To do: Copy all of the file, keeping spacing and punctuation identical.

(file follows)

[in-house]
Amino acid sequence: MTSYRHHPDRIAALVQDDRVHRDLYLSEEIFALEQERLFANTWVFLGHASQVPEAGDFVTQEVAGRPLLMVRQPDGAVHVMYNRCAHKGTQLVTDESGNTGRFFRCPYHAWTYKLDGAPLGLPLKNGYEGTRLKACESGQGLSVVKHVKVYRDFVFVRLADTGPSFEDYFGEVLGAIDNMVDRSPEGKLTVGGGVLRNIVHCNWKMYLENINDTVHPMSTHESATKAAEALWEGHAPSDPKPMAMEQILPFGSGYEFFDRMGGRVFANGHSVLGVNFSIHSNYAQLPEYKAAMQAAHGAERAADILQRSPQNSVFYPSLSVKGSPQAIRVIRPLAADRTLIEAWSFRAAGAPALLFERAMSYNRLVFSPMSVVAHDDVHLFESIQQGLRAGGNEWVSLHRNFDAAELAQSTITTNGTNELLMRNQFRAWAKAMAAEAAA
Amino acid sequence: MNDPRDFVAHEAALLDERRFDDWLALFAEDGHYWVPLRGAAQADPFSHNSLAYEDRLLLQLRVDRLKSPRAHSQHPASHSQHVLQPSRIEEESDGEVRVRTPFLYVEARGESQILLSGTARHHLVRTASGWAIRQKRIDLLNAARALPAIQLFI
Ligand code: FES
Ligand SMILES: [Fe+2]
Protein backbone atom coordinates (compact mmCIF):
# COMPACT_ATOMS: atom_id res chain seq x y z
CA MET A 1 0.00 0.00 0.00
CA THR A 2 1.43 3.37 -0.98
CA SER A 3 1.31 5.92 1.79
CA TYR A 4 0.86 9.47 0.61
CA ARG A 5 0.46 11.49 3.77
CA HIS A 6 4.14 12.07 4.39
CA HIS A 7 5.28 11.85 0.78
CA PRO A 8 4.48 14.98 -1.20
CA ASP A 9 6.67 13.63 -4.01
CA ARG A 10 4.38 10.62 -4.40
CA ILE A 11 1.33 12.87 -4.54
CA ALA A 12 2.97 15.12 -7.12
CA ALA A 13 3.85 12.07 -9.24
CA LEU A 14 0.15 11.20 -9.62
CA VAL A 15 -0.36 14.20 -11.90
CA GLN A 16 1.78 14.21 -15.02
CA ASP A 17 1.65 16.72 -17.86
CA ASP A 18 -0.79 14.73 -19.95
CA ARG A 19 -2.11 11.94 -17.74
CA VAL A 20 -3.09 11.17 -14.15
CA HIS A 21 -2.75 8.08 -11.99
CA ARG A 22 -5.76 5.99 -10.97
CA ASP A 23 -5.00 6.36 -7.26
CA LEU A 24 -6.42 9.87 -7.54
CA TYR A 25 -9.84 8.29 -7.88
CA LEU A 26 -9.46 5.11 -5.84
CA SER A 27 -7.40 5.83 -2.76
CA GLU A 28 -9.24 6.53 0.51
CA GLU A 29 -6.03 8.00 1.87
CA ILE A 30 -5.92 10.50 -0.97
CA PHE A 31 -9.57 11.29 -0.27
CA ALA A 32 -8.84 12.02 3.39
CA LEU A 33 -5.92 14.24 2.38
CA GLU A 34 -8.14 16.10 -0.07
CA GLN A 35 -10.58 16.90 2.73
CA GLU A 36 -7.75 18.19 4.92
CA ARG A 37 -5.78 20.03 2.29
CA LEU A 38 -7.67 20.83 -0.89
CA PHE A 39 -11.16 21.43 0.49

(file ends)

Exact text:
[in-house]
Amino acid sequence: MTSYRHHPDRIAALVQDDRVHRDLYLSEEIFALEQERLFANTWVFLGHASQVPEAGDFVTQEVAGRPLLMVRQPDGAVHVMYNRCAHKGTQLVTDESGNTGRFFRCPYHAWTYKLDGAPLGLPLKNGYEGTRLKACESGQGLSVVKHVKVYRDFVFVRLADTGPSFEDYFGEVLGAIDNMVDRSPEGKLTVGGGVLRNIVHCNWKMYLENINDTVHPMSTHESATKAAEALWEGHAPSDPKPMAMEQILPFGSGYEFFDRMGGRVFANGHSVLGVNFSIHSNYAQLPEYKAAMQAAHGAERAADILQRSPQNSVFYPSLSVKGSPQAIRVIRPLAADRTLIEAWSFRAAGAPALLFERAMSYNRLVFSPMSVVAHDDVHLFESIQQGLRAGGNEWVSLHRNFDAAELAQSTITTNGTNELLMRNQFRAWAKAMAAEAAA
Amino acid sequence: MNDPRDFVAHEAALLDERRFDDWLALFAEDGHYWVPLRGAAQADPFSHNSLAYEDRLLLQLRVDRLKSPRAHSQHPASHSQHVLQPSRIEEESDGEVRVRTPFLYVEARGESQILLSGTARHHLVRTASGWAIRQKRIDLLNAARALPAIQLFI
Ligand code: FES
Ligand SMILES: [Fe+2]
Protein backbone atom coordinates (compact mmCIF):
# COMPACT_ATOMS: atom_id res chain seq x y z
CA MET A 1 0.00 0.00 0.00
CA THR A 2 1.43 3.37 -0.98
CA SER A 3 1.31 5.92 1.79
CA TYR A 4 0.86 9.47 0.61
CA ARG A 5 0.46 11.49 3.77
CA HIS A 6 4.14 12.07 4.39
CA HIS A 7 5.28 11.85 0.78
CA PRO A 8 4.48 14.98 -1.20
CA ASP A 9 6.67 13.63 -4.01
CA ARG A 10 4.38 10.62 -4.40
CA ILE A 11 1.33 12.87 -4.54
CA ALA A 12 2.97 15.12 -7.12
CA ALA A 13 3.85 12.07 -9.24
CA LEU A 14 0.15 11.20 -9.62
CA VAL A 15 -0.36 14.20 -11.90
CA GLN A 16 1.78 14.21 -15.02
CA ASP A 17 1.65 16.72 -17.86
CA ASP A 18 -0.79 14.73 -19.95
CA ARG A 19 -2.11 11.94 -17.74
CA VAL A 20 -3.09 11.17 -14.15
CA HIS A 21 -2.75 8.08 -11.99
CA ARG A 22 -5.76 5.99 -10.97
CA ASP A 23 -5.00 6.36 -7.26
CA LEU A 24 -6.42 9.87 -7.54
CA TYR A 25 -9.84 8.29 -7.88
CA LEU A 26 -9.46 5.11 -5.84
CA SER A 27 -7.40 5.83 -2.76
CA GLU A 28 -9.24 6.53 0.51
CA GLU A 29 -6.03 8.00 1.87
CA ILE A 30 -5.92 10.50 -0.97
CA PHE A 31 -9.57 11.29 -0.27
CA ALA A 32 -8.84 12.02 3.39
CA LEU A 33 -5.92 14.24 2.38
CA GLU A 34 -8.14 16.10 -0.07
CA GLN A 35 -10.58 16.90 2.73
CA GLU A 36 -7.75 18.19 4.92
CA ARG A 37 -5.78 20.03 2.29
CA LEU A 38 -7.67 20.83 -0.89
CA PHE A 39 -11.16 21.43 0.49